Efficiency could therefore be expressed as the ratio between the heat added to the process to raise the pressure from point 2 to point 3 (a larger pressure change), and the residual heating remaining in the pressure drop from point 4 to point 1.

Why then does higher compression yield more efficiency? Work is done by the pressure difference between the top and bottom of the piston. Higher compression increases the pressure difference, and therefore converts more heat in the pressurized gas into mechanical work, yielding a residual heat value that is lower, and an efficiency ratio that is higher. Notice too that most of the work is done in the top half of the expansion (or power) stroke, where most of the benefit from higher compression is located and is most useful.

In the turbine and rocket engine, higher pressures yield higher velocities imparted to the reaction mass, and thrust as we know is a product of the velocity and mass. The higher the velocity imparted to the same mass, the higher the thrust. However is a turbine, lower velocities imparted to a larger air mass (the turbofan) is more efficient that adding higher velocities to a lower air mass (pure turbojet). With either turbine type, higher compression (or pressure ratios) yields higher velocities.

Last edited by Flight Safety; 29th Dec 2011 at 21:46.
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Old 31st Dec 2011, 09:53
  #113 (permalink)  
 
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Oggers...

Crucially you now agree with what CW has been saying in principle, so well done, we are halfway there.
Regarding my agreement with Chris Weston, my posts have ALWAYS related to the thermodynamic efficiency of higher combustion ratios, and in fact not the question which was in the subject line of the OP (about the fundamental purpose of a compressor) until now.

I will happily admit that my explanation in my first post was not ideal, but then it wasn't meant to be. It was, infact, meant to be an easy way for someone with little or no knowledge of basic physics and conservation of energy to grasp the concept of minimising waste heat. It certainly wasn't supposed to be taken so literally, and after you chipped me on it, I clarified what I meant in subsequent posts (temperature change over the entire cycle).

the ignition timing is simply adjusted to ensure the maximum pressure in the cylinder is occuring at TDC
See above. It's obvious why this is not going to work (or will work very poorly), but allows people to conceptualise what is going on and what is trying to be achieved.

The fact remains that EVERY FN TIME you refuse to answer my question about two different compression turbines with the same fuel flow and the difference in their thermodynamic efficiencies. How many times have you avoided this now? I've asked AT LEAST 5 TIMES now how your "better mixing, flame front speeds" BS applies in this situation, but you simply refuse to answer.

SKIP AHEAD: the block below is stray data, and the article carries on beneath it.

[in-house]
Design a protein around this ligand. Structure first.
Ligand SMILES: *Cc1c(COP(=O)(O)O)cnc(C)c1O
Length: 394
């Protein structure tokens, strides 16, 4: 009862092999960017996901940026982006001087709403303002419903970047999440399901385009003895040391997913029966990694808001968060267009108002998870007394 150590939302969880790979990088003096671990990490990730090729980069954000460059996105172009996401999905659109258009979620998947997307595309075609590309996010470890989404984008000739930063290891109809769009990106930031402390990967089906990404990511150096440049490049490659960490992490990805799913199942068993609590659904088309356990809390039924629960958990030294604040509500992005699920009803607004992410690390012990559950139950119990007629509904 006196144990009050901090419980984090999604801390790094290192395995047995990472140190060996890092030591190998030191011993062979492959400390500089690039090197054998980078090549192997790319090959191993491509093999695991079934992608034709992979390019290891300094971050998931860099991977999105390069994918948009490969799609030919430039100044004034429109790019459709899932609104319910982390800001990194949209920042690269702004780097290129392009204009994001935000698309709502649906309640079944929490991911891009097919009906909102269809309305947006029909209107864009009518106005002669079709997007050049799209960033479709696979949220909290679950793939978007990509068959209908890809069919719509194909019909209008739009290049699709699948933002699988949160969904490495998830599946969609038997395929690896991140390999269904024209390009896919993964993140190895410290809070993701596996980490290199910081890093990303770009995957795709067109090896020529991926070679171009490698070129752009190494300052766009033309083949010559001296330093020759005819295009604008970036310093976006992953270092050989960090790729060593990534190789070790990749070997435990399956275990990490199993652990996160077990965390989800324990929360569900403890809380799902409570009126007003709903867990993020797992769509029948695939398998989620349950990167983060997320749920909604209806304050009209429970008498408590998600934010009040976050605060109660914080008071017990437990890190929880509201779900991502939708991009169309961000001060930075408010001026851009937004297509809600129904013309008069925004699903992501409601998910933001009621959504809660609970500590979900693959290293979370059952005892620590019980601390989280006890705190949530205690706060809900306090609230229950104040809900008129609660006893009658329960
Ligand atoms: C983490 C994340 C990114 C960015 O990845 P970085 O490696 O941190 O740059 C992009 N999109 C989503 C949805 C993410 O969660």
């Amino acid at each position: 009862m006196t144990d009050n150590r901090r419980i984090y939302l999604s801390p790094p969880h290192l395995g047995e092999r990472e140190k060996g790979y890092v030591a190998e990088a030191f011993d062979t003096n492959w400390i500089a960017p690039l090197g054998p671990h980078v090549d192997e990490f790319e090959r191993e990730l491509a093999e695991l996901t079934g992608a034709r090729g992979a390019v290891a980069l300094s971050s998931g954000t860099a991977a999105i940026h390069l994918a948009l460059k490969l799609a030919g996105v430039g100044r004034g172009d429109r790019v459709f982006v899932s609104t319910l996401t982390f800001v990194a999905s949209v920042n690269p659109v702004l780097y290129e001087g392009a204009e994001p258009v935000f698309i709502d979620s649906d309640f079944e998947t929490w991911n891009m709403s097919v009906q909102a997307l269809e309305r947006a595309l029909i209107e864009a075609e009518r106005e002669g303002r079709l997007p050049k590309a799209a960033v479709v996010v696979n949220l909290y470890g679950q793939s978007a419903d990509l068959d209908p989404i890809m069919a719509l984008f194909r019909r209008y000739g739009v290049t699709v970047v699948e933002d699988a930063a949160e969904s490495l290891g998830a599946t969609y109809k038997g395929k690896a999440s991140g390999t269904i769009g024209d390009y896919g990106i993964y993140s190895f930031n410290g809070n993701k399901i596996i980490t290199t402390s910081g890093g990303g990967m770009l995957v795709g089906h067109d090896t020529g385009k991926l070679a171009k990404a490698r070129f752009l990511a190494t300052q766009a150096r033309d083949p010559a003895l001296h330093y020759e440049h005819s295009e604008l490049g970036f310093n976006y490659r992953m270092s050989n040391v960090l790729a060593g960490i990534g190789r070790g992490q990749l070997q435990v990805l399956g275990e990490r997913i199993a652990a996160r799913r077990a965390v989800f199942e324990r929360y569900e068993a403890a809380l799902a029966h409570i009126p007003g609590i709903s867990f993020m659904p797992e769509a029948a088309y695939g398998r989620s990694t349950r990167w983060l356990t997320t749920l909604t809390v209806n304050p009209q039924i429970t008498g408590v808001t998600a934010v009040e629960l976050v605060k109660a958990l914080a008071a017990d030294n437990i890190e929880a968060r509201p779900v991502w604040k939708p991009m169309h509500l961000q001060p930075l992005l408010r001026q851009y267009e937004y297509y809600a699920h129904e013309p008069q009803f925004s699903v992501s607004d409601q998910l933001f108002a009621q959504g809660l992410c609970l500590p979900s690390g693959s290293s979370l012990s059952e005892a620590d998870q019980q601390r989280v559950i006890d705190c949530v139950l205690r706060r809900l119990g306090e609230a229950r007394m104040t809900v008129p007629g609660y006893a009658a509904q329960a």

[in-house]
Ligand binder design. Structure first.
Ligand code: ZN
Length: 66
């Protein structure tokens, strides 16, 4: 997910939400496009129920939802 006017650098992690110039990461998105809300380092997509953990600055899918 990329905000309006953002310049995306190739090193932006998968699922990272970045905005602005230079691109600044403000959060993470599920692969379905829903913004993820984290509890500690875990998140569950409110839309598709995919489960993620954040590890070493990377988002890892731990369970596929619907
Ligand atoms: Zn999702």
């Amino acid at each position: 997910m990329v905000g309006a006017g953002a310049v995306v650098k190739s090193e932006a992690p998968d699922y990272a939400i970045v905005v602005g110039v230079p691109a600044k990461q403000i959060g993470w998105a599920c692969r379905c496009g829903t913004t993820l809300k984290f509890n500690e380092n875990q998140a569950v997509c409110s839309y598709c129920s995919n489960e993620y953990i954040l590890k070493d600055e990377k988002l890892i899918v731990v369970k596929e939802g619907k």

YOU JUST DON'T KNOW seems to be the only explanation.

I'm still waiting.
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Old 5th Jan 2012, 13:36
  #114 (permalink)  
 
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Slippers...

"Regarding my agreement with Chris Weston, my posts have ALWAYS related to the thermodynamic efficiency of higher combustion ratios, and not the question which was in the subject line of the OP until now."
In post #63 CW answered that very question: "why compress - to release more energy to do useful work per unit time within the engine (be it piston or turbine)." But in the very next post you quoted him and replied: "It's so that less heat is added to the air over the entire cycle" and then went on about efficiency again. And so on, throughout the thread. It's clear to me you have shifted position, however, I'm not interested in a subjective exchange so I'll move along.

"I will happily admit that my explanation in my first post was not ideal, but then it wasn't meant to be."
I wouldn't say "not ideal". I would say wrong.

"It certainly wasn't supposed to be taken so literally, and after you chipped me on it, I clarified what I meant in subsequent posts (temperature change over the entire cycle)."
[BTW, small point but temp change over the entire cycle is zero in both cases. Has to be if the engine is in a steady state because internal energy is a state variable. I only mention that because you said "argue all you like, but I have a physics degree and the principles of thermodynamics have been unchallenged for a few hundred years" ]

I assume this was your clarification from the post after I first "chipped you" on it:
"A higher compression ratio adds the heat to a hotter air charge, so once the engine reaches BDC the higher compression engine "fluid" will be cooler. By "absorb less heat", I meant at the end of the cycle the fluid has absorbed less total heat during the cycle (not saying it's cooler at the point of ignition - it is, in fact, hotter as you said)."
Yes, we know the exhaust is cooler. That's a given if we consider increased efficiency in an idealised cycle. The question is why is it cooler? So back to what you wrote originally:

"A high compression ratio engine will ignite a hotter air/fuel charge which will absorb less heat. Less energy wasted as heat = more energy transferred to the crank. When the ignition occurs, a lower compression ratio engine will have a cooler air/fuel charge in the cylinder - and so it will absorb more energy (which is wasted as exhaust gas heat)."
Three questions for you:

1. If that wasn't an attempt to explain why the exhaust ended up cooler, where in that first post is it?

2. Where in any of your posts do you clarify that what you wrote above isn't meant to suggest that 'a hot charge absorbs less heat during the combustion process and vice versa'?

3. If that's not what you were getting at, why write this:

"consider two cups of water - 1x 50 degrees celsius, 1x 100 degrees celsius... if you put them over a flame of 200 degrees for exactly one second, the cooler cup of water will absorb more heat (because the temperature split between the two is larger)."